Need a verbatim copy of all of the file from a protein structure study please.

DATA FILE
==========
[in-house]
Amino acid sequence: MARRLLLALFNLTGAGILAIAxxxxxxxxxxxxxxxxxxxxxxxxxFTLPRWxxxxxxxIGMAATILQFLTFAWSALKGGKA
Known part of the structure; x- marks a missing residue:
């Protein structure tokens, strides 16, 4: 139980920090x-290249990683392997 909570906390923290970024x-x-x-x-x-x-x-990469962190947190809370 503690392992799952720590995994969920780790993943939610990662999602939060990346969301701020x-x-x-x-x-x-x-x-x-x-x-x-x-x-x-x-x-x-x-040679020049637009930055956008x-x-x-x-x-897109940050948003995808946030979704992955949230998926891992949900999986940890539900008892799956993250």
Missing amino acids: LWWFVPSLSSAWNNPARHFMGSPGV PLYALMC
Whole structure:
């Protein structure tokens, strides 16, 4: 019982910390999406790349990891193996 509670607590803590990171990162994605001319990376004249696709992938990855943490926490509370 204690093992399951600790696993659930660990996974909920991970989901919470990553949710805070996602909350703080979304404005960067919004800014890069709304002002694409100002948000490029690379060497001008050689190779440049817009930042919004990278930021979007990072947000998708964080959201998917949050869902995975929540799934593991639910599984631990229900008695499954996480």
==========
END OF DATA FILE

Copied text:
[in-house]
Amino acid sequence: MARRLLLALFNLTGAGILAIAxxxxxxxxxxxxxxxxxxxxxxxxxFTLPRWxxxxxxxIGMAATILQFLTFAWSALKGGKA
Known part of the structure; x- marks a missing residue:
């Protein structure tokens, strides 16, 4: 139980920090x-290249990683392997 909570906390923290970024x-x-x-x-x-x-x-990469962190947190809370 503690392992799952720590995994969920780790993943939610990662999602939060990346969301701020x-x-x-x-x-x-x-x-x-x-x-x-x-x-x-x-x-x-x-040679020049637009930055956008x-x-x-x-x-897109940050948003995808946030979704992955949230998926891992949900999986940890539900008892799956993250």
Missing amino acids: LWWFVPSLSSAWNNPARHFMGSPGV PLYALMC
Whole structure:
């Protein structure tokens, strides 16, 4: 019982910390999406790349990891193996 509670607590803590990171990162994605001319990376004249696709992938990855943490926490509370 204690093992399951600790696993659930660990996974909920991970989901919470990553949710805070996602909350703080979304404005960067919004800014890069709304002002694409100002948000490029690379060497001008050689190779440049817009930042919004990278930021979007990072947000998708964080959201998917949050869902995975929540799934593991639910599984631990229900008695499954996480």